One of Paris’s most atmospheric, and up-and-coming, neighborhoods, it’s also a culinary melting pot, with everything from the miniscule Japanese noodle shops lining Rue St-Anne, authentic 19th-century brasseries that evoke the old working-class bouillons, Art Nouveau-style Belle Époque dining rooms, to a new generation of young, talented chefs cooking up some of the city’s most exciting cuisine.

Aux Lyonnais.
$$$ | BISTRO | With a passion for the old-fashioned bistro, Alain Ducasse resurrected this 1890s gem by appointing a terrific young chef to oversee the short, frequently changing, and reliably delicious menu of Lyonnais specialties. Dandelion salad with crisp potatoes, bacon, and a poached egg; watercress soup poured over parsleyed frogs’ legs; and fluffy quenelles de brochet (pike-perch dumplings) show he is no bistro dilettante. The decor hews to tradition, too, with a zinc bar, an antique coffee machine, and original turn-of-the-20th-century woodwork. There’s a limited-choice lunch menu for €32, but the cacophonous dining room is jammed with traders from nearby Bourse. Tables turn relatively quickly, so despite the gorgeous setting this is not a spot for a romantic meal. | Average main: €26 | 32 rue St-Marc, 2e, Opéra/Grands Boulevards | 01-42-96-65-04 | www.auxlyonnais.com | Closed Sun., Mon., and 3 wks in Aug. No lunch Sat. | Reservations essential | Station: Bourse.

$ | BISTRO | This classic bouillon (a term referring to the Parisian soup restaurants popular among workers in the early 20th century) is a part of the Gérard Joulie group of bistros and brasseries, which discreetly updated the menu without changing the fundamentals. People come here more for the bonhomie and the stunning 1896 interior than the cooking, which could be politely described as unambitious—then again, where else can you find a plate of foie gras for €7? This cavernous restaurant—the only original fin-de-siécle bouillon to remain true to its mission of serving cheap, sustaining food to the masses—enjoys a huge following, including one regular who has come for lunch nearly every day since 1946. You may find yourself sharing a table with strangers as you study the old-fashioned menu of such standards as pot-au-feu and blanquette de veau. | Average main: €12 | 7 rue du Faubourg-Montmartre, 9e, Opéra/Grands Boulevards | 01-47-70-86-29 | www.bouillon-chartier.com | Reservations not accepted | Station: Montmartre.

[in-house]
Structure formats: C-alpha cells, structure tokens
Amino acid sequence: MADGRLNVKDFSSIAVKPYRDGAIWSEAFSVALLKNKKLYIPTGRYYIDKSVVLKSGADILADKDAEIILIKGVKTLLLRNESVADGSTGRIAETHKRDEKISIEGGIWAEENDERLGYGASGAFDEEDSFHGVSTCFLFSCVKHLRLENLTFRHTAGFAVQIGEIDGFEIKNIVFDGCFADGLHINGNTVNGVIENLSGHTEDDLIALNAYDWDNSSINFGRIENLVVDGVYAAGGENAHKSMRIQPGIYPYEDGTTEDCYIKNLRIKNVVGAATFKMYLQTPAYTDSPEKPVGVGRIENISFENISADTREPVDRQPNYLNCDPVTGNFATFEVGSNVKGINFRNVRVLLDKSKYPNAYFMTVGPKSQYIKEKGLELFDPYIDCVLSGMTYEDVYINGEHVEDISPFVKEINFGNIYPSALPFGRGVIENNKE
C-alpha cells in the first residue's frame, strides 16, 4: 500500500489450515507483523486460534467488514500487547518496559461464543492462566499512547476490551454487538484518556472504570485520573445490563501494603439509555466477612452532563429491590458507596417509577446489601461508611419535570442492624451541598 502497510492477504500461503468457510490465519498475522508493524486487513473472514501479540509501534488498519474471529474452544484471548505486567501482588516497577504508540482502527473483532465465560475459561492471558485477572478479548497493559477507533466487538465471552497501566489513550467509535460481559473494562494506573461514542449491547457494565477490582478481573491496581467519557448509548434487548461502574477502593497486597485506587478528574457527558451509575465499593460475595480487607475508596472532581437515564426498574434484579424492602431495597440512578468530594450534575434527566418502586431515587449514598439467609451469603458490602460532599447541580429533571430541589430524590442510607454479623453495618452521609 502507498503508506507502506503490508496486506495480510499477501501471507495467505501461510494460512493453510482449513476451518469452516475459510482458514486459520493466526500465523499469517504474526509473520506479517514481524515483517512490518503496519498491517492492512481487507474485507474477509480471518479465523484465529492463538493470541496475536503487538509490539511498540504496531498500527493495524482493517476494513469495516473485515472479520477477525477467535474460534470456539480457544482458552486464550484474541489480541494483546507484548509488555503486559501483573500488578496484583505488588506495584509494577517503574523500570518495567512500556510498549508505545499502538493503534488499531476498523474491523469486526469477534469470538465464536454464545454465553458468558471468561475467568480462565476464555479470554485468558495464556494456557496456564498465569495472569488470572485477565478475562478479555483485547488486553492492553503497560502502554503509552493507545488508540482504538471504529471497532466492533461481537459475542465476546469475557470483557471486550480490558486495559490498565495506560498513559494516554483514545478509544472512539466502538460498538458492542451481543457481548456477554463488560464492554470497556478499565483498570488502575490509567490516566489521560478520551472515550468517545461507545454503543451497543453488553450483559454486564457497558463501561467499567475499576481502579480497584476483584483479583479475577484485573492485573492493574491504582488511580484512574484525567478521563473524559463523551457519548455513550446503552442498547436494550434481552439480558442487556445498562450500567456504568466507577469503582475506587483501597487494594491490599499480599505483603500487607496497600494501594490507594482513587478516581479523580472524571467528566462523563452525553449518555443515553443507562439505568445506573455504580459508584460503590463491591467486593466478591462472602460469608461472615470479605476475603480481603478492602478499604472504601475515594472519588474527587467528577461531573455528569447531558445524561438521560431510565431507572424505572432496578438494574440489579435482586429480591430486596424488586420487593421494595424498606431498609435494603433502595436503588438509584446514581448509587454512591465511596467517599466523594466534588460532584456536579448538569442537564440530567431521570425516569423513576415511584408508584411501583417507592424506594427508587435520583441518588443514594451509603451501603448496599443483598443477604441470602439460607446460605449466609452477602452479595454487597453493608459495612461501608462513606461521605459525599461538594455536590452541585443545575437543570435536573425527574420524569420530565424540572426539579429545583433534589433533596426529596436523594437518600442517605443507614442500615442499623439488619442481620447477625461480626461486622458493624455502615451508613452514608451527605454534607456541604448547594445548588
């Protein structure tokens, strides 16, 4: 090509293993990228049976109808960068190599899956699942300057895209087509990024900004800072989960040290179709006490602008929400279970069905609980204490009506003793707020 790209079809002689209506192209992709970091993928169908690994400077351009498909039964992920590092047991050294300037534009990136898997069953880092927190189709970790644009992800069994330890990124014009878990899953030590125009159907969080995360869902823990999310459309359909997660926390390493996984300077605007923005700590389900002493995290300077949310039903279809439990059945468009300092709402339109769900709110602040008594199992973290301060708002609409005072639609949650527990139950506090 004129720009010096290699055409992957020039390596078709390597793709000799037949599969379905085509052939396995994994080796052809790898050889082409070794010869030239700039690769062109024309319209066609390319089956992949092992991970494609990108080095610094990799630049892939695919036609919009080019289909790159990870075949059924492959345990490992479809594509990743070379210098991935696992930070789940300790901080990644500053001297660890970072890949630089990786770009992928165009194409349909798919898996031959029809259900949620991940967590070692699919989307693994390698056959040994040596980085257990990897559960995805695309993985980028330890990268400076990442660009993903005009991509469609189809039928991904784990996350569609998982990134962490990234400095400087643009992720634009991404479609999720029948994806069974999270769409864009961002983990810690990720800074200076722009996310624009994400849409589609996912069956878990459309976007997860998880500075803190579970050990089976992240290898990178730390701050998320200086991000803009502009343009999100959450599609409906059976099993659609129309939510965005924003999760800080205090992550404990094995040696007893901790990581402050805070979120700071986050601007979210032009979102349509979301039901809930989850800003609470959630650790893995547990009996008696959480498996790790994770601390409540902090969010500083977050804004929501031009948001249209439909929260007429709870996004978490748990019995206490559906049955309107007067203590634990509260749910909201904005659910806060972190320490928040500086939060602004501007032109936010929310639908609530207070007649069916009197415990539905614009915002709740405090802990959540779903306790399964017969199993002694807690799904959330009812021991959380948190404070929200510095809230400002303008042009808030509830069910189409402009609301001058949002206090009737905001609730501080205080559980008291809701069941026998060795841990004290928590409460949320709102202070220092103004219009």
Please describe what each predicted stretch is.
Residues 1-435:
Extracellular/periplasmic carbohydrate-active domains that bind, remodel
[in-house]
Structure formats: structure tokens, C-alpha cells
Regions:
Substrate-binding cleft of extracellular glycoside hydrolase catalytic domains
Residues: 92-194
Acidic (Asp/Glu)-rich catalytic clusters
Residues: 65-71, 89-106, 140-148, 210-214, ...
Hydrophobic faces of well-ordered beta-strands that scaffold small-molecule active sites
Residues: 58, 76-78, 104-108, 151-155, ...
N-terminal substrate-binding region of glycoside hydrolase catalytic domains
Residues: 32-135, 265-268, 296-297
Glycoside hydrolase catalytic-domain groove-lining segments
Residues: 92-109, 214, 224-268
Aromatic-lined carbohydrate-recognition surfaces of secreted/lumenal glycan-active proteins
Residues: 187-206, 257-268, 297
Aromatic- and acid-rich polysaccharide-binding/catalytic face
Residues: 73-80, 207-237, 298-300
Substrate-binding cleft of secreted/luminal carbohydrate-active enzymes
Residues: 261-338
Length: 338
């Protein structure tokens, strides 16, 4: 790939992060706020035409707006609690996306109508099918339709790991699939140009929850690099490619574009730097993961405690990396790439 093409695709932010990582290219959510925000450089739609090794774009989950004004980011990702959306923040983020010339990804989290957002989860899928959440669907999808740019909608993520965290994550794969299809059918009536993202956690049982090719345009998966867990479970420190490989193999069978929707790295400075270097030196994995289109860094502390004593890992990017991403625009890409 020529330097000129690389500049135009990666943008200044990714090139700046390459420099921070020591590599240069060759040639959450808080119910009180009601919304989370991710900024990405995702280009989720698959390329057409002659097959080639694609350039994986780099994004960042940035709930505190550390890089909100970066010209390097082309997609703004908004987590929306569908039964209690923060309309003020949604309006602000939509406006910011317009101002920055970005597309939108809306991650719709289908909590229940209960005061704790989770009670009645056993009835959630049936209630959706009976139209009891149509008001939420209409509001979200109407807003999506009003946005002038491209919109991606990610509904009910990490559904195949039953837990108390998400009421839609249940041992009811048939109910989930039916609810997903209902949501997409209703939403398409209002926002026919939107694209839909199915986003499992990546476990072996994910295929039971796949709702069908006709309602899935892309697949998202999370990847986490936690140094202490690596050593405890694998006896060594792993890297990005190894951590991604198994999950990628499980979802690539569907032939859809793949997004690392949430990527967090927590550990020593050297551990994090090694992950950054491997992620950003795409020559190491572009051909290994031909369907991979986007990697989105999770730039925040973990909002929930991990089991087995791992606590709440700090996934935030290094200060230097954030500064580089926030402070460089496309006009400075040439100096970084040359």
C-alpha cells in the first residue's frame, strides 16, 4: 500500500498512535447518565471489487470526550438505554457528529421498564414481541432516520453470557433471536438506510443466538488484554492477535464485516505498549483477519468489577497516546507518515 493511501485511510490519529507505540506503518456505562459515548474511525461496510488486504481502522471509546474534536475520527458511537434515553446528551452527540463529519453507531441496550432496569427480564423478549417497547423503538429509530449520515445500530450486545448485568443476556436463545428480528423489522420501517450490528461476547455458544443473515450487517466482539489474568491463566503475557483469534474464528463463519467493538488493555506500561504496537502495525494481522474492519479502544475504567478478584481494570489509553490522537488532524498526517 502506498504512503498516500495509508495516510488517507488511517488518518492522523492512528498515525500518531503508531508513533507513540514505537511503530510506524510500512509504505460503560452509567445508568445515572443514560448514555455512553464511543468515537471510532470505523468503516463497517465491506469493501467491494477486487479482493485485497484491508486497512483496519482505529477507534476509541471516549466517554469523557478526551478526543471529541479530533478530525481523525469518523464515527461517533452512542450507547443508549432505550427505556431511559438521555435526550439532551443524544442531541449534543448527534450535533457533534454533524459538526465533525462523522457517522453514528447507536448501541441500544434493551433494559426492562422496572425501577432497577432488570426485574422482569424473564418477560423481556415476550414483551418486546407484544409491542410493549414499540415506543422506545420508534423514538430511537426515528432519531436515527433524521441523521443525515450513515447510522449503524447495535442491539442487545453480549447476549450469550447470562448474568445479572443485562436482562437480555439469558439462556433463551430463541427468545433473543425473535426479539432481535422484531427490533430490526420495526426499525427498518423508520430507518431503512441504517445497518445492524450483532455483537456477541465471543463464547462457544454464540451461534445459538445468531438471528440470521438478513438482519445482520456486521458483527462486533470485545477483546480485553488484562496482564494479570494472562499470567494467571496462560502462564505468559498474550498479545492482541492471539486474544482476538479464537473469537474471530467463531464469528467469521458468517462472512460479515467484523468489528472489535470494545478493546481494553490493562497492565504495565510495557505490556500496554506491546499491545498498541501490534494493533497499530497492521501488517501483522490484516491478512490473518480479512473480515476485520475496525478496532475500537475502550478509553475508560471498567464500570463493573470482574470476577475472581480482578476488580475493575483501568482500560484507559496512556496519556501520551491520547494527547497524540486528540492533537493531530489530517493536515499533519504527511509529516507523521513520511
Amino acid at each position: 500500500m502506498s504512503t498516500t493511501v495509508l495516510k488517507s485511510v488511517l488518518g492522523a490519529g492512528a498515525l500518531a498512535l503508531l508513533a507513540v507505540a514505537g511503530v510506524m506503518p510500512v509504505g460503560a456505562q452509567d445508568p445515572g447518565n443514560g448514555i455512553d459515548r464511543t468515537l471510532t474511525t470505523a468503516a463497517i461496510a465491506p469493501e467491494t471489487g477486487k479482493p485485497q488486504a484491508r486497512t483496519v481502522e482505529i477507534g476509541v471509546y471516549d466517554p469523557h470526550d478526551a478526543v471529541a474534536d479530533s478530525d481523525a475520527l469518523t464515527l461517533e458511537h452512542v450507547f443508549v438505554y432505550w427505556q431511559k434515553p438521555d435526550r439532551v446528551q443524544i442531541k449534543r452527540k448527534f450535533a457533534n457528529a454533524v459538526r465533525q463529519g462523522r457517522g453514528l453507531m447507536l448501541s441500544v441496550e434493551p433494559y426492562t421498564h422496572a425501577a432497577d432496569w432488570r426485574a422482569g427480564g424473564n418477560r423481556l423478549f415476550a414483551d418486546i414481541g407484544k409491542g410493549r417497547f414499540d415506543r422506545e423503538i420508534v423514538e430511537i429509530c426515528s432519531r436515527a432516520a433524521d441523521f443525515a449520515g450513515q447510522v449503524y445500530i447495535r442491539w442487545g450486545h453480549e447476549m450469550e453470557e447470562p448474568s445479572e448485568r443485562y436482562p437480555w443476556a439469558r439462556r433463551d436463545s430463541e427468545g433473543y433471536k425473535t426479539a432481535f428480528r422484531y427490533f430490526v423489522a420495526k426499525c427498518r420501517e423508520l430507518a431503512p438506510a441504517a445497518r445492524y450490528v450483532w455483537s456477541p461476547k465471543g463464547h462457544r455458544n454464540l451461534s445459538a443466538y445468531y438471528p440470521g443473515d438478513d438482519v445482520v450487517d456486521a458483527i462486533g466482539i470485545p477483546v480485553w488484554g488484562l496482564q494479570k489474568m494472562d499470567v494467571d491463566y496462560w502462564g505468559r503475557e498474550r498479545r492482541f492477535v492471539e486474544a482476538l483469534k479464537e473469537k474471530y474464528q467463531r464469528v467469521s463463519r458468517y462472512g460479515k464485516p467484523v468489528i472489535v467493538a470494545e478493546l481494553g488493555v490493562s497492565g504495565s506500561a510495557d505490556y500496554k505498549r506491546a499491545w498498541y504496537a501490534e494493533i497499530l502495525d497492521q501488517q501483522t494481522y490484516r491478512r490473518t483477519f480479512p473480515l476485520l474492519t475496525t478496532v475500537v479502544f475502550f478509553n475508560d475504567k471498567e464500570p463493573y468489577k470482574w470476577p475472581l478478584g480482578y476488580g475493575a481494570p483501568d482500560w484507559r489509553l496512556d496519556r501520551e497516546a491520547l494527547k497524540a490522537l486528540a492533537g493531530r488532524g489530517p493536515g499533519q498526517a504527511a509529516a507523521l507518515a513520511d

Chez Casimir.
$$ | BISTRO | Thierry Breton’s bright, easygoing bistro is popular with polished Parisian professionals, for whom it serves as a sort of canteen—why cook when you can eat this well so affordably? The €29 dinner menu (€22 for two courses at lunch) covers lentil soup with fresh croutons, braised endive and andouille salad, and roast lamb on a bed of Paimpol beans, and there are 12 cheeses to choose from. Good, if not exceptional, desserts include pain perdu, a dessert version of French toast—here it’s topped with a roasted pear or whole cherries. Drop in at lunchtime on the weekend for the great-value €25 buffet. There is no à la carte. | Average main: €18 | 6 rue de Belzunce, 10e, Opéra/Grands Boulevards | 01-48-78-28-80 | No dinner weekends | Station: Gare du Nord.

$$$ | MODERN FRENCH | Best known for the literary prizes awarded here since 1914, Drouant has shed its dusty image to become a forward-thinking restaurant. The man behind the transformation is Alsatian chef Antoine Westermann, who runs the hit bistro Mon Vieil Ami on Ile St-Louis. At Drouant the menu is more playful, revisiting the French hors d’oeuvres tradition with starters that come as a series of four plates. Diners can pick from themes such as French classics (like a deconstructed leek salad) or convincing mini-takes on Thai and Moroccan dishes. Main courses similarly encourage grazing, with accompaniments in little cast-iron pots and white porcelain dishes. Even desserts take the form of several tasting plates. Pace yourself, since the portions are generous and the cost of a meal quickly adds up. This is the place to bring adventurous young eaters, thanks to the €15 children’s menu. The revamped dining room is bright and cheery, though the designer has gone slightly overboard with the custard-yellow paint and fabrics. | Average main: €27 | 16-18 pl. Gaillon, 2e, Grands Boulevards | 01-42-65-15-16 | www.drouant.com | Station: Pyramides.

Goupil le Bistro.